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Origin and Significance of Thin-Bedded Packets Interleaved in Sandy Deep-Sea Fan Successions


Sandy deep-water reservoirs commonly contain subordinate or even minor low-net sand, thin-bedded packets that can have a significant impact on production. These thin-bed packets can occur in a wide range of settings (lobe fringes, splays, overbanks, channel margins, local or fan-wide abandonments) and correctly diagnosing their origin is important for reconstructing hierarchical stacking patterns, their use in reservoir zonation and incorporating these elements correctly in reservoir models.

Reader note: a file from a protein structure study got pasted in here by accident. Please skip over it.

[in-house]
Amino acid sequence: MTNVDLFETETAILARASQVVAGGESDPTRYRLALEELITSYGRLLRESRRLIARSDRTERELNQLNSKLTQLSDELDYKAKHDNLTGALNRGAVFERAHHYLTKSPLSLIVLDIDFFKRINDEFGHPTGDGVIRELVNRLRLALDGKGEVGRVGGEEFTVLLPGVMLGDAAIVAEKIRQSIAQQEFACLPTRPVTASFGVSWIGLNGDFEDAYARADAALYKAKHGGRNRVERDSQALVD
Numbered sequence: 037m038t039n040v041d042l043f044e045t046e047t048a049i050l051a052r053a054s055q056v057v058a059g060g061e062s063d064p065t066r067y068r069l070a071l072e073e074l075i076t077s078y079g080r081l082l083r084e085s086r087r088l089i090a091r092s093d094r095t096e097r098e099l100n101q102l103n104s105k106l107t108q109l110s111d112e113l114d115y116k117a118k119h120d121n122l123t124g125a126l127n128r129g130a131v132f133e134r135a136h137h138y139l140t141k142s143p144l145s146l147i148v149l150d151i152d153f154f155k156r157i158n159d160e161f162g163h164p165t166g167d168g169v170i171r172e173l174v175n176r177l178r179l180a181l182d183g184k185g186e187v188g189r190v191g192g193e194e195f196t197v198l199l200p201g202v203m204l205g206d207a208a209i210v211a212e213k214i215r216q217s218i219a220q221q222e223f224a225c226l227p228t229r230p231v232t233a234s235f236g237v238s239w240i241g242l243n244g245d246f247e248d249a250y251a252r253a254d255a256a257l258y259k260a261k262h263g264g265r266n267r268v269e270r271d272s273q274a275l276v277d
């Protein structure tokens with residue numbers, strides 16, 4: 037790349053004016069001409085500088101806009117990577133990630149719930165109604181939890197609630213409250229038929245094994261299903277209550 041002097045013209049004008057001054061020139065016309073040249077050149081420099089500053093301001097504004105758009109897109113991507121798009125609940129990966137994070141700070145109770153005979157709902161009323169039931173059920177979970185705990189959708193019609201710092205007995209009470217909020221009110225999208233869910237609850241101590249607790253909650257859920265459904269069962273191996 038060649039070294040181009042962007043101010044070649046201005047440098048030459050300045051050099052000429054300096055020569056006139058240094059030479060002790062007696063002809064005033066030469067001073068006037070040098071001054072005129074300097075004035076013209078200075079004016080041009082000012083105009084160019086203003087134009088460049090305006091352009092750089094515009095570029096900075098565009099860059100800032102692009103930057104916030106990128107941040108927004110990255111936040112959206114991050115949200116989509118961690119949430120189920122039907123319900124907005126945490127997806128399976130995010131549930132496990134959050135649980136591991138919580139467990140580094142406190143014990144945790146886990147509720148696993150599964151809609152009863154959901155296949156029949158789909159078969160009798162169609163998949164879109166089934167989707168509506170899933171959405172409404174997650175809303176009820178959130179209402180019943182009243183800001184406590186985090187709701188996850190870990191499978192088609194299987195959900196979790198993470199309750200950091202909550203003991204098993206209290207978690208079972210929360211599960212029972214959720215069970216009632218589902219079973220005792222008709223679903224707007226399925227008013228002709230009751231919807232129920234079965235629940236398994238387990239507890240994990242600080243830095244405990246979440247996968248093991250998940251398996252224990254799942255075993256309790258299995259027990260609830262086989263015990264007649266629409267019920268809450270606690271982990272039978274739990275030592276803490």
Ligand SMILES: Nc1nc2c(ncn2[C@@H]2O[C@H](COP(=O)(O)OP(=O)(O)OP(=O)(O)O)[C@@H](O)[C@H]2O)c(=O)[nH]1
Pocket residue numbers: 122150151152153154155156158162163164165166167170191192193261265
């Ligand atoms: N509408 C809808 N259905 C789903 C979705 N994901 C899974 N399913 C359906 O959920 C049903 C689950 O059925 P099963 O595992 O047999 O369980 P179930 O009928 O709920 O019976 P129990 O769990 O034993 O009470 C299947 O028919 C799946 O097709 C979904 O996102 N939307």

Recent outcrop and core-based studies from the Pennsylvanian Ross Sandstone Formation, western Ireland, have highlighted significant thin-bedded and fine-grained intervals outwith the condensed sections that subdivide the succession into stacked fan complexes. The thin-bed packets are typically m-scale, but also occur in thicker siltstone-dominated packets up to 10 m thick, some of which can be correlated laterally for several kilometres down dip. A common motif in the latter is that they display fining upwards vertical patterns and are exclusively composed of well-structured thin (<5 cm) to very thin (<1 cm) beds of current-rippled sandstone isolated in siltstone. These are locally cut and partly interleaved with mid- and upper Ross channel fills. Some of these thin-bedded packets have similar thicknesses to laterally adjacent channel fills which incise into them. Lateral faces transitions and palaeoflow data in the thin bed packets suggest a genetic relationship with the channels. In other cases, the thin-bed packets are perched above the level of the adjacent channel floor but can be followed laterally into channel margin facies without a break. These relationships suggest at least some of the Ross channels had low-relief levees and locally thin-bed frontal splays into which they were incised. Away from channels, metre- and sub-metre thick bundles of thin beds commonly separate thicker sandy lobe elements. These show strong bed type partitioning in that some are exclusively composed of stacked very-thin well-structured turbidites, whereas others are made up of thin hybrid event beds, commonly displaying sandying-upward cycles beneath cleaner sandstones. The latter tend to be associated with and fill erosional relief and are related to lobe reoccupation of scoured and abandoned mid- and inner-fan sectors (repair facies of Elliott, 2000). The erosional relief is key to their preservation. The latter are interpreted as overspill sheets from channels delivering sand to lobes further down-dip.